Beit Midrash

  • Torah Portion and Tanach
  • Shoftim
To dedicate this lesson

The Torah study is dedicatedin the memory of

Asher Ben Haim

Parashat Shoftim

The Mindset of War


Rabbi Yossef Carmel

2 Elul 5766
These words are being written in the midst of the not yet named war in Lebanon. We pray that by the time they meet the public’s eyes, things will have quieted down for the better.

The inspiring end of the tefilla for the welfare of IDF soldiers is taken from our parasha. In explaining why Israel’s troops should not fear the perils of war, the kohen declares: "For Hashem, your G-d, goes with you to fight for you against your enemies to save you" (Devarim 20:4). There is much to learn from the participants in the "pre-battle rally."

The Torah refers to the audience of the declarations as ha’am (the nation), instead of terms like the "army" and "men of war" used for combatants in Parashat Matot. To borrow a phrase, this stresses the Israelite army’s role as the army of the people, by the people, for the people. Everyone is a potential participant in the battle, some at the front, some in the home guard, some in providing supplementary resources. All are to face the dangers and challenges with a belief that Hashem is the ultimate warrior and savior.

The declarations are divided into three (ibid. 20:3-10). First, the kohen urges not to fear because of Hashem’s participation. Next, the shotrim (officers) announce that new homeowners, those with vineyards from which they had not yet eaten, and the betrothed who had not yet wed should go home lest they die before reaching fulfillment in the respective areas. Finally, the shotrim continue urging the fearful and weak of heart to leave rather than cause damage.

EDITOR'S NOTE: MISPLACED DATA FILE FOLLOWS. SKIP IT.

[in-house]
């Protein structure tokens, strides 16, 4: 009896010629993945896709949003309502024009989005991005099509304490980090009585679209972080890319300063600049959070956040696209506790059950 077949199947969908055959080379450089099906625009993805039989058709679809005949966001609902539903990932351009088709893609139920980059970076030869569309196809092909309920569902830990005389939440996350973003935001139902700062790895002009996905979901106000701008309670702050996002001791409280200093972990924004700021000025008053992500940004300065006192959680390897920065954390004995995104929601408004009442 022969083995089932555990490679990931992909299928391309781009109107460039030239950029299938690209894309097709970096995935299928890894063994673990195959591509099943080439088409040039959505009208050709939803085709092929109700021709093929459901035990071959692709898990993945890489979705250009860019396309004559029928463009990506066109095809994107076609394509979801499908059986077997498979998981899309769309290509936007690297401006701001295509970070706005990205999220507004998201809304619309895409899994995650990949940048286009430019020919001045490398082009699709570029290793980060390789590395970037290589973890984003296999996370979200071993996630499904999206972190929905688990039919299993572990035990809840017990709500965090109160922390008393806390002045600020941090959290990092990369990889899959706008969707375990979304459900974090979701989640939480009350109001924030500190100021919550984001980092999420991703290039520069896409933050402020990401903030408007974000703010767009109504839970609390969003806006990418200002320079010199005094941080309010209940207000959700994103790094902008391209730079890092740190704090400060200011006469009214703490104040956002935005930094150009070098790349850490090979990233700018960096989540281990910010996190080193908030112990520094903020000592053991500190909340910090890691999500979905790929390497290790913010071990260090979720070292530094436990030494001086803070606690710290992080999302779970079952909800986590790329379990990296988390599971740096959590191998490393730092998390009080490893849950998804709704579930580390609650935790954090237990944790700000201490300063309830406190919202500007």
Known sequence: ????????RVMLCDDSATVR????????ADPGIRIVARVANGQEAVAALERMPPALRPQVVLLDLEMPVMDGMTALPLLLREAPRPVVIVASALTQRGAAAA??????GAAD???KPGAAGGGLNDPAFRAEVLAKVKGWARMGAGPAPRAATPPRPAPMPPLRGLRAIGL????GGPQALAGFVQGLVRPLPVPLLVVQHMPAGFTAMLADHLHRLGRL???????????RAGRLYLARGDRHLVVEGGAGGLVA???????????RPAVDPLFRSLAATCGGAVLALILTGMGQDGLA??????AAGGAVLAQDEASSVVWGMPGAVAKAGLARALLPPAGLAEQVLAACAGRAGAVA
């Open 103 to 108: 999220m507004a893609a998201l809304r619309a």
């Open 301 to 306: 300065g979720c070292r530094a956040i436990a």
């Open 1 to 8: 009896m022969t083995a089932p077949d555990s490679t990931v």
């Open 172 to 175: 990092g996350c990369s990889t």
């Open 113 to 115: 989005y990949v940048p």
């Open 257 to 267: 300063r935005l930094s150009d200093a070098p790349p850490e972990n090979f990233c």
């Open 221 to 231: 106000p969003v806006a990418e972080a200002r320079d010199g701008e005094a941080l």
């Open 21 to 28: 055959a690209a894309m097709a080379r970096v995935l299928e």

The Ramban points out that it is the religious leader who gives the most upbeat forecast, that there is no reason to fear because Hashem can save every soldier. This is tempered by the shotrim’s "realistic" approach that people should know that in the natural world, which Hashem ordained, soldiers fall even from the victors. We might add that this second section is passed on by the shotrim only after the kohen recites it to them (Sota 43a). Indeed, there is no philosophical debate; rather the Torah wants the appropriate articulators to leave the fitting tone on each element of the complex situation.

The first declaration opens with the words "Shema Yisrael." R. Shimon Bar Yochai, who spurned involvement in the mundane elements of life and urged a life of Torah study and spirituality alone (see Berachot 35b & Shabbat 31a), said the following fascinating thing. Even if the only merit they have is reciting Shema Yisrael, they are fit to be victorious. That does not seem to be raising the bar too high. One might have guessed that the people would be warned to either repent fully or be smitten, using fear as an impetus for change, as the prophets did and as we do on Yom Kippur. Apparently, the Torah felt that the wartime is a time to concentrate on the soldiers’ positive spirit. After a militarily successful campaign, focus can shift to spiritual gains.

May we be successful in all these realms now and in the future.

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